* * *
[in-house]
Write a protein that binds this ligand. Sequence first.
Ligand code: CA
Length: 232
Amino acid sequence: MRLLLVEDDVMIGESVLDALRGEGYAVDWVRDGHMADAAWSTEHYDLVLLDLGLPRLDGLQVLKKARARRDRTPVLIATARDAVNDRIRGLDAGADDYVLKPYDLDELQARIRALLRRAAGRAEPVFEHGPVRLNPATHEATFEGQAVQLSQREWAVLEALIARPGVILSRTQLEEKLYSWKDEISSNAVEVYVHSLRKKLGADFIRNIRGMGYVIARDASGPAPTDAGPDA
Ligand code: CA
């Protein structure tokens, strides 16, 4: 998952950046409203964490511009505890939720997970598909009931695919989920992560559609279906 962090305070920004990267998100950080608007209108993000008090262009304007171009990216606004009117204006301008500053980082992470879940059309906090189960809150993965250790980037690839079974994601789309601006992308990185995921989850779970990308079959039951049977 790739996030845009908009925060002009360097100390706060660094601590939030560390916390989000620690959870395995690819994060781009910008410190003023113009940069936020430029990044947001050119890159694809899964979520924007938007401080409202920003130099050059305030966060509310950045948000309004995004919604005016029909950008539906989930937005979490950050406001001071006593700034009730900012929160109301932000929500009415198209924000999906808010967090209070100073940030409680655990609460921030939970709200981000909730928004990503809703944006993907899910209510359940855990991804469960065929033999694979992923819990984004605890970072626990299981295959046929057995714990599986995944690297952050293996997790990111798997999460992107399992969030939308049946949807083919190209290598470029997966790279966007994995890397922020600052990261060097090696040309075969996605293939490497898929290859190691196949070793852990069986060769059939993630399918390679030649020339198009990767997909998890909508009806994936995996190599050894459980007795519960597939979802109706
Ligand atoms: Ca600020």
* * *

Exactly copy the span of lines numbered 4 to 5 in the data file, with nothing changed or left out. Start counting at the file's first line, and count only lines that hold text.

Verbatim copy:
Length: 232
Amino acid sequence: MRLLLVEDDVMIGESVLDALRGEGYAVDWVRDGHMADAAWSTEHYDLVLLDLGLPRLDGLQVLKKARARRDRTPVLIATARDAVNDRIRGLDAGADDYVLKPYDLDELQARIRALLRRAAGRAEPVFEHGPVRLNPATHEATFEGQAVQLSQREWAVLEALIARPGVILSRTQLEEKLYSWKDEISSNAVEVYVHSLRKKLGADFIRNIRGMGYVIARDASGPAPTDAGPDA